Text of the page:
Patel attended graduate school in Maine and developed a suitably wintry thesis project. He led a team of students and researchers to shovel snow after every snowstorm for two years, a significant undertaking because most parts of Maine receive over 50 inches of snow per year. They compared different types of frost in soil and learned that “concrete frost” can greatly affect spring and winter nutrient availability. Spending all that time out in the snow might account for one of his favorite hobbies: knitting hats and scarves. 

Saad Qadeer, Mathematician

Gif of an Asian man writing
Gif by Sara Levine | Pacific Northwest National Laboratory

A summer internship at Lawrence Berkeley National Laboratory during his graduate studies convinced mathematician Saad Qadeer that his future should be at a national laboratory. “Everything about that experience was incredibly positive,” he said. “From then on, I looked for a chance to join a national lab.”

At PNNL, Qadeer’s research focuses on fusing insights from analysis and machine learning to develop efficient numerical techniques that can accurately solve physical models in complex domains. An example problem is modeling how fluid flows on a curved cell membrane.

While computer scientists have used machine learning for years, mathematicians have only recently begun investigating how machine learning can help solve such applied math problems. “Given the relative newness of this approach, my work feels like exploring an uncharted frontier,” Qadeer said.

The idea of intrepid scientists venturing to intellectual parts unknown is what originally drew him to a career in science. Inspired by engineers who figured out how to fix cameras that didn’t work properly in extreme temperatures, Qadeer wants to continue bringing scientific solutions to real-world problems.

Peter Regier, Aquatic Scientist

Image of a white man with long hair and a beard in a red tshirt standing in front of a scenic coastline
Image courtesy of Peter Regier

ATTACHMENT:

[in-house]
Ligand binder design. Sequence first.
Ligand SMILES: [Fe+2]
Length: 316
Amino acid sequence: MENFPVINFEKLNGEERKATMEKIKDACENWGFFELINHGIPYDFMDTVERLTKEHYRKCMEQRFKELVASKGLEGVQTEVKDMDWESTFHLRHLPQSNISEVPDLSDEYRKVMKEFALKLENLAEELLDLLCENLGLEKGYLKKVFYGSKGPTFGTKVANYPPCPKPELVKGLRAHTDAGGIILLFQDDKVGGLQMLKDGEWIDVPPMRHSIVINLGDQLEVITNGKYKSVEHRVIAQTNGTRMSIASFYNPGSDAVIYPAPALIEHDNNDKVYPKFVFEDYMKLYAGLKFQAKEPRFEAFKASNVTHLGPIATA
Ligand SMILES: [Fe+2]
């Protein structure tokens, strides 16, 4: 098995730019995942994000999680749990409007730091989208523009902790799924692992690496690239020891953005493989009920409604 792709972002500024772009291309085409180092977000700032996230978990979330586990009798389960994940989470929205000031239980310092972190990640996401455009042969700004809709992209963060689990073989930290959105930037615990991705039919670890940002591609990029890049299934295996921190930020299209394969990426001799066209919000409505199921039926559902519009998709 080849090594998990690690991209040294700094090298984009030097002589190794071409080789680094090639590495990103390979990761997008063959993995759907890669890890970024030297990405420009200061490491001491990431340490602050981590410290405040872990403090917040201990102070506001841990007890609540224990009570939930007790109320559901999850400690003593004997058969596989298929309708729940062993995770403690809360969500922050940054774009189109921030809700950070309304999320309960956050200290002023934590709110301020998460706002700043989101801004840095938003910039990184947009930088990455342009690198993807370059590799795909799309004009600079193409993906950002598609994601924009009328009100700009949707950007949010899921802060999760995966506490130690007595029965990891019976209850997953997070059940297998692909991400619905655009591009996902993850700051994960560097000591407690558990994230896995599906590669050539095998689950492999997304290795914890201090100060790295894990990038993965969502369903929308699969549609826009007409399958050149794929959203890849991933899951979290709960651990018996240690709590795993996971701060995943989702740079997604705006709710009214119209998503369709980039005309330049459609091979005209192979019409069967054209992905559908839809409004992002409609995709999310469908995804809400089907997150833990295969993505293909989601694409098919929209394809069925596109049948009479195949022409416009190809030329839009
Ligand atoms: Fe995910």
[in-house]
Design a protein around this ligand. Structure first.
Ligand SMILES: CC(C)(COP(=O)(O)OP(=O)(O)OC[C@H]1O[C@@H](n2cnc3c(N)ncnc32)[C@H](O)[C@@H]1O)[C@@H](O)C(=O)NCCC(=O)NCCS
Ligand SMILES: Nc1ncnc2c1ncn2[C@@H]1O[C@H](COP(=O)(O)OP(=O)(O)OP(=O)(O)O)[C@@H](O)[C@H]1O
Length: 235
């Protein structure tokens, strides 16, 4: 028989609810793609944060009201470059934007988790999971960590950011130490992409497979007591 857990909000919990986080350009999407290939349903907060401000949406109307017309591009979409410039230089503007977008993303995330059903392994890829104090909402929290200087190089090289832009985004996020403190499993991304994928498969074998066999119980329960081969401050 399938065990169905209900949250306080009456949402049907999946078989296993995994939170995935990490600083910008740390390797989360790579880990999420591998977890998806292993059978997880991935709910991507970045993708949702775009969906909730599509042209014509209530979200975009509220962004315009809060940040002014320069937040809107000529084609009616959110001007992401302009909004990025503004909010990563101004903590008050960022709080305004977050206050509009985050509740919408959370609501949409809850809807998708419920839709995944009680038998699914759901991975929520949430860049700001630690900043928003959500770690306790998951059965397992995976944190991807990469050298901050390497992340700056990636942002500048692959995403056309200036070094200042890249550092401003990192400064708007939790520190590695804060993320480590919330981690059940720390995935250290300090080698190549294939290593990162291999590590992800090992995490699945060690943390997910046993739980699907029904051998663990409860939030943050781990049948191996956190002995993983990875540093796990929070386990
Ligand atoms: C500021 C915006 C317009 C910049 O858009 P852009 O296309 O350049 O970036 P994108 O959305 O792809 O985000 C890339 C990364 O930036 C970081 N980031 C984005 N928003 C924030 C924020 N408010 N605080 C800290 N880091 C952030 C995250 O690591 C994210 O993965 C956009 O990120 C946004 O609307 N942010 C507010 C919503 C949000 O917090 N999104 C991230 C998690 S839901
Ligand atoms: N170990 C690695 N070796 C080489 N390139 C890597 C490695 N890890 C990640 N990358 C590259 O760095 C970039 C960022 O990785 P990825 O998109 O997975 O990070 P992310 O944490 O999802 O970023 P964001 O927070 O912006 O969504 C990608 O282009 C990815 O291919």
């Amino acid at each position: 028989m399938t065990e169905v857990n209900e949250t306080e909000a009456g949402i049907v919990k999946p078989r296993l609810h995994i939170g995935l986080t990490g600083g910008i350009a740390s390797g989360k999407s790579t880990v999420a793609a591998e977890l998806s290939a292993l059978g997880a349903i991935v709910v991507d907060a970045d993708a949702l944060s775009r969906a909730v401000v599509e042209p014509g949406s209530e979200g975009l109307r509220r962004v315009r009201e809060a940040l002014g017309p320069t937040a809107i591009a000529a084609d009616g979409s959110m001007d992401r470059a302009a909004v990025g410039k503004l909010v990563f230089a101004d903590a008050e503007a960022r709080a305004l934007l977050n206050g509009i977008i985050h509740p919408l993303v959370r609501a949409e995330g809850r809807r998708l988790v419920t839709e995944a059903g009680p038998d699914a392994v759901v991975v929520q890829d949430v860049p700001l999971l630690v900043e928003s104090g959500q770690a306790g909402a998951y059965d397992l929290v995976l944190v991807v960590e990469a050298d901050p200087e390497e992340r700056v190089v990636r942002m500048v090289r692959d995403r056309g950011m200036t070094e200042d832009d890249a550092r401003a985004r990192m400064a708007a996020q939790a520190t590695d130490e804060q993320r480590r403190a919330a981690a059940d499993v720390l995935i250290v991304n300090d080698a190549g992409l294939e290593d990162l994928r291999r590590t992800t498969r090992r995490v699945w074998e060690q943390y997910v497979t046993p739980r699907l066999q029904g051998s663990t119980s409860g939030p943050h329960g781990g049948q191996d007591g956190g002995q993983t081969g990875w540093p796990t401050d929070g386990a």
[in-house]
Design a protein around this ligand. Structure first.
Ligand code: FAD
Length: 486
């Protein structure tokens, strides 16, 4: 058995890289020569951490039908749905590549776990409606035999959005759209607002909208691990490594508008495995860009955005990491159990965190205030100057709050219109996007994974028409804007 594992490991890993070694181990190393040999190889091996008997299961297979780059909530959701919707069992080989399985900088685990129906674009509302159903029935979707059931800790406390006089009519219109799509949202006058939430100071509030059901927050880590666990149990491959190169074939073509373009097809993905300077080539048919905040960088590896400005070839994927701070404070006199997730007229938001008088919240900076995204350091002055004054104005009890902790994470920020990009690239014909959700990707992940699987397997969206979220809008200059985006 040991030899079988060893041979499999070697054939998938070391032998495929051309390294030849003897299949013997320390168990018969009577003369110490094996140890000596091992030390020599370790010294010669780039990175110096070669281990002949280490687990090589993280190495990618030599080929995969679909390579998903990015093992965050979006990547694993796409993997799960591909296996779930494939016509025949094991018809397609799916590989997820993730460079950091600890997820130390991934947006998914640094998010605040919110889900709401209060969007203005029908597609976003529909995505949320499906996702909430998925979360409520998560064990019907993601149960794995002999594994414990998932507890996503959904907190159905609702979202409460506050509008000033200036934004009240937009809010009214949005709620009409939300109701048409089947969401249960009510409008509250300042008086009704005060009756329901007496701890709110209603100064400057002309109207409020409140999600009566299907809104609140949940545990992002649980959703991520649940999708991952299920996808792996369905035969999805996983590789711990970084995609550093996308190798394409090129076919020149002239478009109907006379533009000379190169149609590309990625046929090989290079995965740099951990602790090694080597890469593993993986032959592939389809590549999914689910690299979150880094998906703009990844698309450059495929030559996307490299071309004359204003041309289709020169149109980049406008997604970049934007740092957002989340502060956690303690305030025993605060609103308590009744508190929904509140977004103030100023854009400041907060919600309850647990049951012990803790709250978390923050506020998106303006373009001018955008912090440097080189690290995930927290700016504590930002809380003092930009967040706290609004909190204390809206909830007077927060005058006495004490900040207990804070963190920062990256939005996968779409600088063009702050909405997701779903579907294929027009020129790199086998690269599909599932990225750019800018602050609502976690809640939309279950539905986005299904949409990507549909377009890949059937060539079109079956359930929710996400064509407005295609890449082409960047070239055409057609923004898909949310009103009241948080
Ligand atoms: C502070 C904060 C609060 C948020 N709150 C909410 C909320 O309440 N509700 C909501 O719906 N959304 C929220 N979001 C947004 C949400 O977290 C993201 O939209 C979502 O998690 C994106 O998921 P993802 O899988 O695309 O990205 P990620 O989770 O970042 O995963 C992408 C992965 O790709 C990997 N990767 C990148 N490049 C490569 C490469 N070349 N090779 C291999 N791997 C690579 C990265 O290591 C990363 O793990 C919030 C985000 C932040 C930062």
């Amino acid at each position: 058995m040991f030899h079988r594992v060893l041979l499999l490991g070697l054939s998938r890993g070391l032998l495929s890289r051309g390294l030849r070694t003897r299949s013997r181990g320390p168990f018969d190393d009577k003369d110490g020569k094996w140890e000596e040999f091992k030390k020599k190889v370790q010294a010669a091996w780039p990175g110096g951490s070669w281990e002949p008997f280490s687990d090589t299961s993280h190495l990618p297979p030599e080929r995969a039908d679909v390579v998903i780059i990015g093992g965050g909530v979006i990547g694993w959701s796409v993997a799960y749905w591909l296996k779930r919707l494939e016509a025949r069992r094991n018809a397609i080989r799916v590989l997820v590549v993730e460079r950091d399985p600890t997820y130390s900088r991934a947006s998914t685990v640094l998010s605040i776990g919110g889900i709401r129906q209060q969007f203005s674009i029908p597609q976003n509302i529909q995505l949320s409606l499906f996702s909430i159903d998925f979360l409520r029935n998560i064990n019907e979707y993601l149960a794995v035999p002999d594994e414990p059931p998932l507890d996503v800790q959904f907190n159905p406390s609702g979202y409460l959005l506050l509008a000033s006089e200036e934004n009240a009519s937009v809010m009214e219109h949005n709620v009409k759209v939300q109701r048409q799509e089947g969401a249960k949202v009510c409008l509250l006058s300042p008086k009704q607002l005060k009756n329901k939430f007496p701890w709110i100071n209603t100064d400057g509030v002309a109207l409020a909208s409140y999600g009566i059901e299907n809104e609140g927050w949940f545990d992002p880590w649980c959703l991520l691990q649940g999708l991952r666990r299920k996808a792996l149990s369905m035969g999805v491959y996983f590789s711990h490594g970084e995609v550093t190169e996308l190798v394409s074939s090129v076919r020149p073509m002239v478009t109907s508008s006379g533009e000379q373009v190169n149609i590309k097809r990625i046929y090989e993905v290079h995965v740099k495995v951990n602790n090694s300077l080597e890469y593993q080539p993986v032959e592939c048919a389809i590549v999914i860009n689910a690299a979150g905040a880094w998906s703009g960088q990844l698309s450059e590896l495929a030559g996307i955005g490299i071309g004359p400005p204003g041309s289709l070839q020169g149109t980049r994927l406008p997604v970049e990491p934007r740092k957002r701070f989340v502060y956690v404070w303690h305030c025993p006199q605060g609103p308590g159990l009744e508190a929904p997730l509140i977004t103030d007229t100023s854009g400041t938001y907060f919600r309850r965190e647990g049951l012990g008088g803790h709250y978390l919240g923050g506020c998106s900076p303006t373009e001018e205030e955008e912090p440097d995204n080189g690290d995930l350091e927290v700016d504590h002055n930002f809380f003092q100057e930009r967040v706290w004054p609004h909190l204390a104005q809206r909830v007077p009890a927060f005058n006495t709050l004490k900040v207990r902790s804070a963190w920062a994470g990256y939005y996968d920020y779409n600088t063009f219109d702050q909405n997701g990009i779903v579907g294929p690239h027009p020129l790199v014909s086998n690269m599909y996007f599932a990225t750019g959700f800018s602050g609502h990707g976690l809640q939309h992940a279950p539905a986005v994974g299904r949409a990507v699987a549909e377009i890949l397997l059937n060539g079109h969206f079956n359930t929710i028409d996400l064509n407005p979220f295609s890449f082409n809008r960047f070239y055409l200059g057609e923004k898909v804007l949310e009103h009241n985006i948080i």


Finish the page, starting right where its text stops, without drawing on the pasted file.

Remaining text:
When aquatic scientist Peter Regier started thinking about his career, he wanted to do meaningful work related to climate change. Environmental science classes during a semester abroad pointed him in his current direction.

While working at the University of New Mexico, Regier led a project identifying different stormwater inputs into the Rio Grande River. He wrestled with large and complex datasets to produce findings applicable to fundamental science and watershed management.

“During my postdoctoral fellowship, I wanted to move beyond studying single sites and do science at a larger scale,” said Regier. He joined the PNNL-led COMPASS team that’s asking complex, big-picture environmental questions about how coastal systems respond to climate change. The project brings together scientists with a range of technical backgrounds and perspectives, enabling them to generate exciting new ideas.

His role on the COMPASS team involves finding statistical tools to decipher complex water quality data collected by sensors across coastal regions of the United States. The data will help scientists better predict how coastal interfaces will change in response to events like sea level rise and human disturbances.  

Jon Sampedro, Environmental Economist

Photograph of a smiling white man in front of mountains and grassland
Image courtesy of Jon Sampedro

During his PhD research in environmental economics, Jon Sampedro worked extensively with the Global Change Analysis Model (GCAM). Now, as a postdoctoral fellow at PNNL’s Joint Global Change Research Institute, he’s helping develop the next generation of tools for it. GCAM is an integrated software tool hosted by PNNL that allows researchers to explore the dynamics of the coupled human–Earth system and the response of this system to global changes.

“My work explores alternative future scenarios using a human–Earth system model,” said Sampedro. He focuses his transdisciplinary research on the combined analysis of energy, air pollution, human health, and social inequality.

Last year, Sampedro led a short lab-funded project to develop a program that estimates a range of health and agricultural effects attributable to air pollution for any scenario in GCAM. It was his first time leading an initiative, and he’s proud of the project’s success.

The team behind GCAM consists of researchers with a wide range of technical backgrounds, including economists, engineers, statisticians, and computer scientists. Sampedro is used to working in a team with different skills sets, spending his spare time playing the saxophone and traveling with his band.